France has joined the United States, Germany, Canada and other countries in passing a law criminalizing the use of the discredited practice to attempt to change the sexual orientation or gender identity of homosexuals.
France on Wednesday officially banned the use of so-called “conversion therapy” to attempt to change the sexual orientation or gender identity of LGBTQ people.
The measure was passed unanimously by the National Assembly, 142 votes to 0.
President Emmanuel Macron welcomed the decision, tweeting that “being yourself is not a crime”.
The law prohibiting conversion therapies is adopted unanimously!
Let’s be proud, these unworthy practices have no place in the Republic. Because being yourself is not a crime, because there is nothing to be cured.
—Emmanuel Macron (@EmmanuelMacron) January 25, 2022
As France celebrates this step towards equal rights for the LGBTQ community, here is a deep dive into what this conversion therapy is, its history and why it has been banned by several countries around the world.
Conversion therapy explained
According to GLAAD, an American non-governmental media monitoring organization founded to protest defamatory coverage of LGBT people, conversion therapy is any attempt to change the sexual orientation, gender identity or gender expression of an individual. ‘one person.
England’s National Health Service (NHS) calls conversion therapy – sometimes called “restorative therapy” or “gay healing therapy” – the attempt to change a person’s sexual orientation or gender identity.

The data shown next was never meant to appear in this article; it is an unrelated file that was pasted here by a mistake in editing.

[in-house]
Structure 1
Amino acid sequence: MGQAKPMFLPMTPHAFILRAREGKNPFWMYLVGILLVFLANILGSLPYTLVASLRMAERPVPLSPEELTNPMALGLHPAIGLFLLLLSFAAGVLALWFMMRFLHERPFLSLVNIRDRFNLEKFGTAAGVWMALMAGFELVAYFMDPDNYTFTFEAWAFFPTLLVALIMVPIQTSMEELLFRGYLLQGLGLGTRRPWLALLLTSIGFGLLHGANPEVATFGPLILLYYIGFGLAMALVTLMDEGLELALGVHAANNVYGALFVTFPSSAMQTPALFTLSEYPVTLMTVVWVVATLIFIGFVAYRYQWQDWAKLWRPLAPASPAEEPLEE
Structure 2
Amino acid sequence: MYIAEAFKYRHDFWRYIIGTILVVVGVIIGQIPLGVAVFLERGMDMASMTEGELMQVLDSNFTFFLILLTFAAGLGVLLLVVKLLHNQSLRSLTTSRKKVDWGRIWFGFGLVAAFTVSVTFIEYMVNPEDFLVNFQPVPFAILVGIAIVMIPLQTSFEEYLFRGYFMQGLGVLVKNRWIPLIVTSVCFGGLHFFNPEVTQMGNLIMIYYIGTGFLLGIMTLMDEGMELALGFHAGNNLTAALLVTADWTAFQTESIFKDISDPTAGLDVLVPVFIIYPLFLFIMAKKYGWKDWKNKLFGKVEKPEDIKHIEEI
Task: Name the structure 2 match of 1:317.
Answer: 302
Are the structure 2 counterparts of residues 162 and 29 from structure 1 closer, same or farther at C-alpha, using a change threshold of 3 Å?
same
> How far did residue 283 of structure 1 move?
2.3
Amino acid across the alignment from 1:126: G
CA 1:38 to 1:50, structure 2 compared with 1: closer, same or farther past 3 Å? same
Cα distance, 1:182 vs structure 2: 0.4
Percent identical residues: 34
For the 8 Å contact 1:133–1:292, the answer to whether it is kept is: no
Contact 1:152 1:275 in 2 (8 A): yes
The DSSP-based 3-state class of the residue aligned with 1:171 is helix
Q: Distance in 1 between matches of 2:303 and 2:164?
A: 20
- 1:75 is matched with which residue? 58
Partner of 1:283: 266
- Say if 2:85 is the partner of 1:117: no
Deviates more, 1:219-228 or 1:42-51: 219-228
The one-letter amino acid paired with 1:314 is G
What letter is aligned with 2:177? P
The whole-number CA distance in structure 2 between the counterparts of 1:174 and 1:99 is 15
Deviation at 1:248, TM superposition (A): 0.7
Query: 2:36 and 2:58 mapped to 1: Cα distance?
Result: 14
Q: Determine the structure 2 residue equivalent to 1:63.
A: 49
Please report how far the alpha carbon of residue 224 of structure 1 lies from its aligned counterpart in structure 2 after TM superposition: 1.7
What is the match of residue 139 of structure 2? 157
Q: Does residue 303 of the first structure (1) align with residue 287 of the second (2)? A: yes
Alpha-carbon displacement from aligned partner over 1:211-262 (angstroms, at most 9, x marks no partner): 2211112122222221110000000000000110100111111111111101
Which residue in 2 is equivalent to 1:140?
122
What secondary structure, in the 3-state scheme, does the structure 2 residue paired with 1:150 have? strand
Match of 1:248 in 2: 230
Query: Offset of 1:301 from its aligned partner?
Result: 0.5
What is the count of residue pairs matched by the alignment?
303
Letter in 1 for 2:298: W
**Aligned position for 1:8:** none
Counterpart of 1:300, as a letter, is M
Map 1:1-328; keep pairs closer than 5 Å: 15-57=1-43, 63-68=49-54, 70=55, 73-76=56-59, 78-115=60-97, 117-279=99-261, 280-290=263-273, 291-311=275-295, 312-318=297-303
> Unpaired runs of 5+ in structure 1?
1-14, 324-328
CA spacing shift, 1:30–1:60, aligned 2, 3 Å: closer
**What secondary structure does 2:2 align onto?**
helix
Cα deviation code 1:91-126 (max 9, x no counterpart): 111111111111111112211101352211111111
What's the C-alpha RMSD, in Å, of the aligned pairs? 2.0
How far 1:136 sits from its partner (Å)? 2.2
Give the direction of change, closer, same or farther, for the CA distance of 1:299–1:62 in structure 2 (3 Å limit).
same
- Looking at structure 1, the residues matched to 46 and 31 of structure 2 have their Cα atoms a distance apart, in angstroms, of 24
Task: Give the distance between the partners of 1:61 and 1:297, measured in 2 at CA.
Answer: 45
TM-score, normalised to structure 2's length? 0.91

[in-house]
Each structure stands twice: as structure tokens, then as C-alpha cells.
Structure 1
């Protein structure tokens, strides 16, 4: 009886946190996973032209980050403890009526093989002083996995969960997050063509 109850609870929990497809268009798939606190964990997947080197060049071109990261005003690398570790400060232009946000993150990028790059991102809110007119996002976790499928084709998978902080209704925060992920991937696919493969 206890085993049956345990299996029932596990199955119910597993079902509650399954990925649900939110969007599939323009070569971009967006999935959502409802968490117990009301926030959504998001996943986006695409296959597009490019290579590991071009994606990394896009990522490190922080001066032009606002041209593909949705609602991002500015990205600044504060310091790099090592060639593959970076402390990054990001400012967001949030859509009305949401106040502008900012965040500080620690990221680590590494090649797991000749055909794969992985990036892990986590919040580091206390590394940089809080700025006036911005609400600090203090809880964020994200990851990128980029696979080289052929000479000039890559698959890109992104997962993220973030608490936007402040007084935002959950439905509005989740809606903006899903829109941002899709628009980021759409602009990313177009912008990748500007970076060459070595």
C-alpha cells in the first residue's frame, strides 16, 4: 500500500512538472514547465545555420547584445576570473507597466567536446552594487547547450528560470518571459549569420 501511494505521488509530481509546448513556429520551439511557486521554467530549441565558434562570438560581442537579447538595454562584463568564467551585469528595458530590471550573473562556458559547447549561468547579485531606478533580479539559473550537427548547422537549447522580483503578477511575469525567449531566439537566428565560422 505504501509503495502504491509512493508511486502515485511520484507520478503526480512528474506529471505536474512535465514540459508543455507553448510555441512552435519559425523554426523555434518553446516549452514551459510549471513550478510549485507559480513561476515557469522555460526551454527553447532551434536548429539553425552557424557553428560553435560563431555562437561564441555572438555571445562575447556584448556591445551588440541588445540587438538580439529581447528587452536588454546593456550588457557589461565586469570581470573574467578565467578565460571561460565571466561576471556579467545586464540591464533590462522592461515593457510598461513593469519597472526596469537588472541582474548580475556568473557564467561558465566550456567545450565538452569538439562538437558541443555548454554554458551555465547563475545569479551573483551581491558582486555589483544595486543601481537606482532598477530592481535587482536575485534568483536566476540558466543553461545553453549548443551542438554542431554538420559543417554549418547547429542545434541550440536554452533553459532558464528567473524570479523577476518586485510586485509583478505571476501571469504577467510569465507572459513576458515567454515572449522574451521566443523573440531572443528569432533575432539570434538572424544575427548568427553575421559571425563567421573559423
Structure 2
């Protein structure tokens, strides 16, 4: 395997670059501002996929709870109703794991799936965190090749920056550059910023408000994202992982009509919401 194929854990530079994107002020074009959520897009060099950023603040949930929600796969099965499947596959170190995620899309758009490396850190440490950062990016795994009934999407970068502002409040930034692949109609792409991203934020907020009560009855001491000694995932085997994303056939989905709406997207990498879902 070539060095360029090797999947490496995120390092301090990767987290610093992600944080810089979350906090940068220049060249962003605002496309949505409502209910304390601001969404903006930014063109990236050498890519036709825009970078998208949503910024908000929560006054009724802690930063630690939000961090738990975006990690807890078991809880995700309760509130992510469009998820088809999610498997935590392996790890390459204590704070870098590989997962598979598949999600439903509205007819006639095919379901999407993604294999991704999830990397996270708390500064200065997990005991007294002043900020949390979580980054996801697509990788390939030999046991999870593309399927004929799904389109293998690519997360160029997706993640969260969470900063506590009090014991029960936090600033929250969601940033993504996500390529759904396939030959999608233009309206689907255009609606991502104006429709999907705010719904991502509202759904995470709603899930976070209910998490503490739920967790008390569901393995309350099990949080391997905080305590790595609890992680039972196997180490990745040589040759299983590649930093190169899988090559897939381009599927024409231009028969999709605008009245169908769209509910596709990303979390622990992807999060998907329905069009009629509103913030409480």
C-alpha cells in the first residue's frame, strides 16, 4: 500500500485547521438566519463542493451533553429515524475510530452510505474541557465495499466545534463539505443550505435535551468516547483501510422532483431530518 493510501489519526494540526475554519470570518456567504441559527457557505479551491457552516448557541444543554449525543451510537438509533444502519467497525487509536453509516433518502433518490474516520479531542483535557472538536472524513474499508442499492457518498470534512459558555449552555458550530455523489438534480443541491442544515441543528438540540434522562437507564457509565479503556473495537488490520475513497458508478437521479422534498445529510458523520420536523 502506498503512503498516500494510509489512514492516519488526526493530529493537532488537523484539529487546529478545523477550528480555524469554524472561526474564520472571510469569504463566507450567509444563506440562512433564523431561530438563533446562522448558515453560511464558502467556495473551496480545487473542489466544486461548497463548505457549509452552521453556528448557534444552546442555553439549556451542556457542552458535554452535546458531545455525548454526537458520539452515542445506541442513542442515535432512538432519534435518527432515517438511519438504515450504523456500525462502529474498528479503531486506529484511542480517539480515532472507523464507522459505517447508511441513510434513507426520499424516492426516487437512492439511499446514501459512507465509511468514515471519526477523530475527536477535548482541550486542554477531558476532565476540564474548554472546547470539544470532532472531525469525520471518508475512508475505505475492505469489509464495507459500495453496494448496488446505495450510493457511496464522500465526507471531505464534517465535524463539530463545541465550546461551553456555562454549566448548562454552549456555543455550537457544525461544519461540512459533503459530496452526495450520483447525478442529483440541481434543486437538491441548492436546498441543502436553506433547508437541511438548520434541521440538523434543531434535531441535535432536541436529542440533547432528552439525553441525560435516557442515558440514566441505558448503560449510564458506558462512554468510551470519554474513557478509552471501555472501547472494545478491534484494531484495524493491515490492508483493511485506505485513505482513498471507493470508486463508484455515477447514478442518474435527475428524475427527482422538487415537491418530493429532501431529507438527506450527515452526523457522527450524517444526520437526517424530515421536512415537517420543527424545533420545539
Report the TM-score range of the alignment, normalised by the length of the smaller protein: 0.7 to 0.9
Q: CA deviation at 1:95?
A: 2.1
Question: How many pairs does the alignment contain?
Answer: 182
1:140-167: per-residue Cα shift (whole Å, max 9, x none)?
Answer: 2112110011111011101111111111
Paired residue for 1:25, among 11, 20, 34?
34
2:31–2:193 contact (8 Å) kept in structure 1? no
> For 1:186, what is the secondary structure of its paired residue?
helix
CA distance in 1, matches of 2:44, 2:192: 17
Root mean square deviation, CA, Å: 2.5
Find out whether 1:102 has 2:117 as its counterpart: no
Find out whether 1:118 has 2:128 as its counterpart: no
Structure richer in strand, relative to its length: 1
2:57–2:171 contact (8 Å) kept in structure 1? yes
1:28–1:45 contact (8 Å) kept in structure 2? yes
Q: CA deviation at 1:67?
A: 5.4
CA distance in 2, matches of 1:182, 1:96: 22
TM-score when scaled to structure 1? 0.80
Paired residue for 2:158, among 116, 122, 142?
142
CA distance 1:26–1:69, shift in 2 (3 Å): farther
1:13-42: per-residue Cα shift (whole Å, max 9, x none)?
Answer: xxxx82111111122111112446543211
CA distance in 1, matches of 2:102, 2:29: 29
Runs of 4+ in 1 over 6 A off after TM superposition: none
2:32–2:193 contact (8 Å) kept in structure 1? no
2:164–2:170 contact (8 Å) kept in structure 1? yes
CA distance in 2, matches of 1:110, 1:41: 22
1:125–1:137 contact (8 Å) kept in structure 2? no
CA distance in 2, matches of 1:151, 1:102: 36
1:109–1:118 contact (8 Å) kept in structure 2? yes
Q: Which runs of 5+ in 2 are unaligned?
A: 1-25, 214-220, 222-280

In practice, this means trying to prevent or suppress someone from being gay, or living as a different sex than their registered sex at birth. This can include talk and prayer therapies and, in more extreme forms, exorcisms, physical abuse and food deprivation.
History of conversion therapy
Conversion therapy dates back to at least the 1890s, when German psychiatrist Albert von Schrenck-Notzing told a lecture that he successfully transformed a homosexual through hypnosis, according to the Southern Poverty Law Center.
At the time, being in a same-sex relationship was considered a crime, and many doctors were looking for ways to reverse homosexuality.
Some physicians, such as Austrian endocrinologist Eugen Steinach, have conducted testicle transplant experiments in which gay men were castrated and then received “heterosexual testicles” from other men.
Others saw homosexuality as a mental disorder and began to use psychiatric interventions in an attempt to “cure” people with gender identities and sexual orientations different from what was considered the norm. This included the use of lobotomies and aversion therapy, in which doctors attempted to disgust people who identify as LGBTQ with homosexuality.
In 1952, the American Psychiatric Association (APA) listed homosexuality in its Diagnostic and Statistical Manual of Mental Disorders (DSM). After much shouting and research, the APA rescinded the list in 1973 and removed homosexuality from the DSM.
Many countries practiced conversion therapy and several people around the world underwent these so-called conversion therapies. One of the best-known names is that of Alan Turing, an English mathematician, computer scientist, logician, cryptanalyst, philosopher and theoretical biologist, whose decryption skills are said to have shortened World War II by two to four years.
In January 1952 he was charged with “gross indecency” under section 11 of the Criminal Law Amendment Act 1885. It should be noted that homosexual acts were at the time a criminal offense in the United Kingdom.